Does Your Portfolio Need a Makeover?
- Emily Johnson-Russo
- October 21, 2013
A few years ago I was at a transitional point in my career. After finishing a 2 year project, I realized that the handful of small clients I had left were not enough to pay the bills. It was time to get a full time freelance gig. I started to work on my résumé, photographed my portfolio, tightened up my website, made new connections on LinkedIn and contacted a few creative recruiters.
The recruiter I decided to use was brutally honest with me, a little harsh even. It was like being in a portfolio boot camp. It would have been easy to get upset at their critique, especially after all the work I had already put in, but I realized their comments were spot on. I chose this recruiter because of their expertise and they knew their stuff. So, I dug into the task at hand. The pieces they told me to remove were weakening my portfolio. They also edited my résumé down to one page and fine tooth combed it to the last misused hyphen.
The most important point they made was; how you present your work is key. I was showing up to interviews with a loudly printed tote bag with my pieces stored in a Tupperware-looking plastic box. My work was good, but this makeshift, bag-lady-like ensemble I hauled it around in did not do it justice. How could something this obvious have eluded me for so long?
It was time for a make-over…
Check out my portfolio before and after below.
Photography and design work by Emily Johnson-Russo of mootsa design LLC.
Case by Portfoliobox, Inc.
Here are a few things I learned during my make-over.
It’s more than just your logo or the look and feel of your website. It’s everything from how you display your work to the clothes you wear and your confidence level, even your work ethics. No one can be a better ambassador of your brand than you.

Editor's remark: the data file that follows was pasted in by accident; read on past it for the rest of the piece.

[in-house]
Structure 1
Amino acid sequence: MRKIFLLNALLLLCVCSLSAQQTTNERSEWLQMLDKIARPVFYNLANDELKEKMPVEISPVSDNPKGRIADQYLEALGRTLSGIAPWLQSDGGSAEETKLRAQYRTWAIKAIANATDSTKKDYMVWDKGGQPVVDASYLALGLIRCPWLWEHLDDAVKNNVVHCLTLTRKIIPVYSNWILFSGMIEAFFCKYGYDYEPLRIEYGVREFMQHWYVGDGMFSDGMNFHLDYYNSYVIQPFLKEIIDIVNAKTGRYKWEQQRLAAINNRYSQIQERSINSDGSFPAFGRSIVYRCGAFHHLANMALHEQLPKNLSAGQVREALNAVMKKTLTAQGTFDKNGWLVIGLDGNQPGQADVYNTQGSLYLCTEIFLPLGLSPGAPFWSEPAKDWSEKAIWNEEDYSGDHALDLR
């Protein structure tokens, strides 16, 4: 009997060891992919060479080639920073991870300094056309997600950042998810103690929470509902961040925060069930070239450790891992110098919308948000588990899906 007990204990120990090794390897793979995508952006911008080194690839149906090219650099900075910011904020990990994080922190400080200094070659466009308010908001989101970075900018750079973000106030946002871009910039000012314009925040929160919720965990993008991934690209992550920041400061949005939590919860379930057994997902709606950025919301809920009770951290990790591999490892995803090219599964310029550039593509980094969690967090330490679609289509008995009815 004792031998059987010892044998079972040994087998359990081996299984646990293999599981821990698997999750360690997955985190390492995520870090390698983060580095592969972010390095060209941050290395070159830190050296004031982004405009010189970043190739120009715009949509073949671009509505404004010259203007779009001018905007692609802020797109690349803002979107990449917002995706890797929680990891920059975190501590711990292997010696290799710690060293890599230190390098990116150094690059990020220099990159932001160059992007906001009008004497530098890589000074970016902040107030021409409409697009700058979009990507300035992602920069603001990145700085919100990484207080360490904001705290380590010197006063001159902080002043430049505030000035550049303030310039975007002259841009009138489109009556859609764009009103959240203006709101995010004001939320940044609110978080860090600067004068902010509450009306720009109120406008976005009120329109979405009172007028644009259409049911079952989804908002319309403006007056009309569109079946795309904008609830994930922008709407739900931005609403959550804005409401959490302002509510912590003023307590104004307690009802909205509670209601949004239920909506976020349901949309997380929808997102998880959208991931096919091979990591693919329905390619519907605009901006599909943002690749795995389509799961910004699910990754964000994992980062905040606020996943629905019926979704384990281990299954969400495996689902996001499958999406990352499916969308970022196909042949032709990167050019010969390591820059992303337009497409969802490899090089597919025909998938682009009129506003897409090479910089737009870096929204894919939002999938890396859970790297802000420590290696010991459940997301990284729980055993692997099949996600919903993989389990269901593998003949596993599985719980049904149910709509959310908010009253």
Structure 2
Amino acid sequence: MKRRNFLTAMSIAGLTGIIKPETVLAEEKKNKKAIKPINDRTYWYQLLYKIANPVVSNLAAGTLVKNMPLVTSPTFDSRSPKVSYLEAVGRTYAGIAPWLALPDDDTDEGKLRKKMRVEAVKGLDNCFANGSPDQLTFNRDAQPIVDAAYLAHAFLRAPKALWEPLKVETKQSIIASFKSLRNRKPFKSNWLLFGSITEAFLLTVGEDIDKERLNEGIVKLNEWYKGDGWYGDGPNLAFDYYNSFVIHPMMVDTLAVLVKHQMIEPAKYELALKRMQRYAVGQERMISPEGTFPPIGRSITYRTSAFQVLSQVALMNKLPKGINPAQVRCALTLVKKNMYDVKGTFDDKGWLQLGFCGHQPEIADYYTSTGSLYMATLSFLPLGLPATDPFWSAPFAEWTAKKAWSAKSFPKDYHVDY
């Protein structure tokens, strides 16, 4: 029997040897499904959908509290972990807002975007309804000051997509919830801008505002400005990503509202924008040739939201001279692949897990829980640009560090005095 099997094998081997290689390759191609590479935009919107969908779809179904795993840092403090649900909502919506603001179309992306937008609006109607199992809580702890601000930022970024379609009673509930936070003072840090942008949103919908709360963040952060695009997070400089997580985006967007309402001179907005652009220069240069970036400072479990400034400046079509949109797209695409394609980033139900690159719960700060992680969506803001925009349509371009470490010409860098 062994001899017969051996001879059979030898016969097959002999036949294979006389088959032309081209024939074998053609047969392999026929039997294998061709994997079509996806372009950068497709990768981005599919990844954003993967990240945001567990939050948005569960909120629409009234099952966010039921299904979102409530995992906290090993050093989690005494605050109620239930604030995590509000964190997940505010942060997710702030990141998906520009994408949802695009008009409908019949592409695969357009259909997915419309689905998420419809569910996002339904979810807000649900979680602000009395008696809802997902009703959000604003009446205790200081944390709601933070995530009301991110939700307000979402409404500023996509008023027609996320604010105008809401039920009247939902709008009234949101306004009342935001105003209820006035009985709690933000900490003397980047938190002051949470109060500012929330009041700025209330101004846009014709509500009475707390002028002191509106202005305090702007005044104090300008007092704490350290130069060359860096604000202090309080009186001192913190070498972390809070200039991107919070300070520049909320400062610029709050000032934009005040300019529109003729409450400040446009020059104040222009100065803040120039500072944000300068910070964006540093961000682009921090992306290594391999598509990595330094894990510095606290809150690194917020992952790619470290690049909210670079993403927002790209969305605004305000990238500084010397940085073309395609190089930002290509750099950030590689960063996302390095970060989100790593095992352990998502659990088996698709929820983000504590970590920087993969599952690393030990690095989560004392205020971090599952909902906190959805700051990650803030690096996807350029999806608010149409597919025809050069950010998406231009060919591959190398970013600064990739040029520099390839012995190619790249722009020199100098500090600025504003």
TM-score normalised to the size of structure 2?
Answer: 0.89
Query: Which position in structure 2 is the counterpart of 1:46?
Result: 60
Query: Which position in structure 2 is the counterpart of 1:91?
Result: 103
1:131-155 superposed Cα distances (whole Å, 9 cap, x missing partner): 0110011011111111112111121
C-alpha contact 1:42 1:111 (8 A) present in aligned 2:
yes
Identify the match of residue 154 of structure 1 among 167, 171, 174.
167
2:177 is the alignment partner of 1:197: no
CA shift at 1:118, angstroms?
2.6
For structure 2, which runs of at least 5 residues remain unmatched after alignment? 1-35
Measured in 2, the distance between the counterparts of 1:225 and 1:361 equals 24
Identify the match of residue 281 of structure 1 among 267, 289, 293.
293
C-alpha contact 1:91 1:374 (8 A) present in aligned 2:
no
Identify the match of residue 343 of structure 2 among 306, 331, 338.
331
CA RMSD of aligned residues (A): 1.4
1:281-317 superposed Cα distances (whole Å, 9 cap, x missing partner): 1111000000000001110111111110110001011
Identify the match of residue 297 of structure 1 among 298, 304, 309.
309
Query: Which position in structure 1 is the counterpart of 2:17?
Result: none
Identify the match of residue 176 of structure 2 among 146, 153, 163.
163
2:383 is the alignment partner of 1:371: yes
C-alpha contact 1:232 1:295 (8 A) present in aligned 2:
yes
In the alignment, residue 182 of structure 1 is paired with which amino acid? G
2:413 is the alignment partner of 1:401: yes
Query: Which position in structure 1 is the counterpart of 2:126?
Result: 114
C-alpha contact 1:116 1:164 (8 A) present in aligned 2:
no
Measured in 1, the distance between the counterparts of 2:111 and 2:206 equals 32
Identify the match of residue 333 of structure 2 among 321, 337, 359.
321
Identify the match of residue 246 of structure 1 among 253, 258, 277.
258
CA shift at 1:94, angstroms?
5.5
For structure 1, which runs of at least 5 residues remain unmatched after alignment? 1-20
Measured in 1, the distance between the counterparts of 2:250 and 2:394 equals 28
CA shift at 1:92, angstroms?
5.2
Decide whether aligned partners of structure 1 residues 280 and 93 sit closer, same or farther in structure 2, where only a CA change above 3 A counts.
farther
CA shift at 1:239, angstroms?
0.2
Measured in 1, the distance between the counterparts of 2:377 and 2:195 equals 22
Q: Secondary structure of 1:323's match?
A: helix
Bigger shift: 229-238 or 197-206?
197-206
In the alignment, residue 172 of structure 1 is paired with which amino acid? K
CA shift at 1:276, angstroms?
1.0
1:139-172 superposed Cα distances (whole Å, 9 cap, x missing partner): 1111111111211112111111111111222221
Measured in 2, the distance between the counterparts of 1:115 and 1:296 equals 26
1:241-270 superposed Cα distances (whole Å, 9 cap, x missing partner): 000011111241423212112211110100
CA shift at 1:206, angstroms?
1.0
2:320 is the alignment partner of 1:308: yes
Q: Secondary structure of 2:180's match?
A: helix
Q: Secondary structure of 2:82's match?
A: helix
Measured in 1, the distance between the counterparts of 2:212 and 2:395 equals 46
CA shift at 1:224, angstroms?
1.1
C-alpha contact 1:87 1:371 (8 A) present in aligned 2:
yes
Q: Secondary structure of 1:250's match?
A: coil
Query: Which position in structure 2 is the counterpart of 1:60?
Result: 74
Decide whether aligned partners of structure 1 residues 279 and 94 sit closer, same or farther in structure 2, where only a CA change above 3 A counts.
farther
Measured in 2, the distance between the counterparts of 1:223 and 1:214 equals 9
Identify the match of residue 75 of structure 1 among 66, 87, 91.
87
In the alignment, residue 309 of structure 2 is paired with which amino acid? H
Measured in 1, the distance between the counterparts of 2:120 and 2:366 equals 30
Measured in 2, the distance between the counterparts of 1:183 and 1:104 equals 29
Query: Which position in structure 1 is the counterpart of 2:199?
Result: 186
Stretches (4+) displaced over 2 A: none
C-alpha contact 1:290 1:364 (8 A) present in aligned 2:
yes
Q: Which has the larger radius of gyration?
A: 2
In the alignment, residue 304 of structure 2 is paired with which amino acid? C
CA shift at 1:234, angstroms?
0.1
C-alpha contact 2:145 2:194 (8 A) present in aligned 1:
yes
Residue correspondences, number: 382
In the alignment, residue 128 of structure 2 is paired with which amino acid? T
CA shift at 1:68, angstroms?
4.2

Hard Work ≠ Portfolio Worthy
Just because you spent months on something, doesn’t mean it should go into your portfolio. If it’s not strong enough, don’t include it… which brings me to my next point.
The Weakest Link
A chain is only as strong as it’s weakest link. If it sucks, it makes your good stuff suck by association. Even if you won an award for it, if its not as good as your strongest piece or if it doesn’t show off a stellar skill, don’t include it.
Less is More
While variety is good, you shouldn’t inundate people with a lot of similar pieces. Choose the best one, then move on. This also applies to your résumé. One page please and you don’t need to tell them about the summer job you had when you were 13.
It’s important to show your work in context. Did you design a really cool logo for a beverage company? If you can’t get samples, mock it up on a bottle or Photoshop it on to a t-shirt. You work should be relatable to the viewer.
Just a Taste
You don’t need to show everything on your website. Leave your potential employers wanting more by showing a few “teaser” shots of a project. If they want to see more, let them call you in for an interview.
If you have enough info a head of time about a client or company, hone your portfolio to that perspective job. If you don’t have that advantage, follow up after the interview with a selection of your work that directly applies to them.
iPad: Not Just A Toy
Pry it out of your nephews tiny little hands and use it as a job landin’ tool! Get a nice case for it and download a portfolio app that you can customize to match your brand. You will have a slick hi-tech vibe and appear incredibly up to date.
Check out this iPad Portfolio App
Do you have specialty printed or 3D pieces that need to be photographed? You might want to consider hiring a professional. Yeah, that sounds expensive, but consider working out a service trade with them. They might need your help as much as you need theirs. It’s a win–win.
Cases and Boxes
You need a convenient way to transport your portfolio while still looking professional and true to your brand. You can purchase cases off the shelf from an art supply store, convert a vintage suitcase, repurpose a unique container or have something custom made. I went the custom made route and it more than paid for itself. Portfolio Box has great customer service and are true artisans of their craft.
Now every time I go on an interview I feel like “cool Sandy” at the end of Grease.
Does your portfolio need a make-over?
Tell me about it, Stud.
By Emily Johnson-Russo, mootsa design, llc.
Featured Image credit: Jenna Mack
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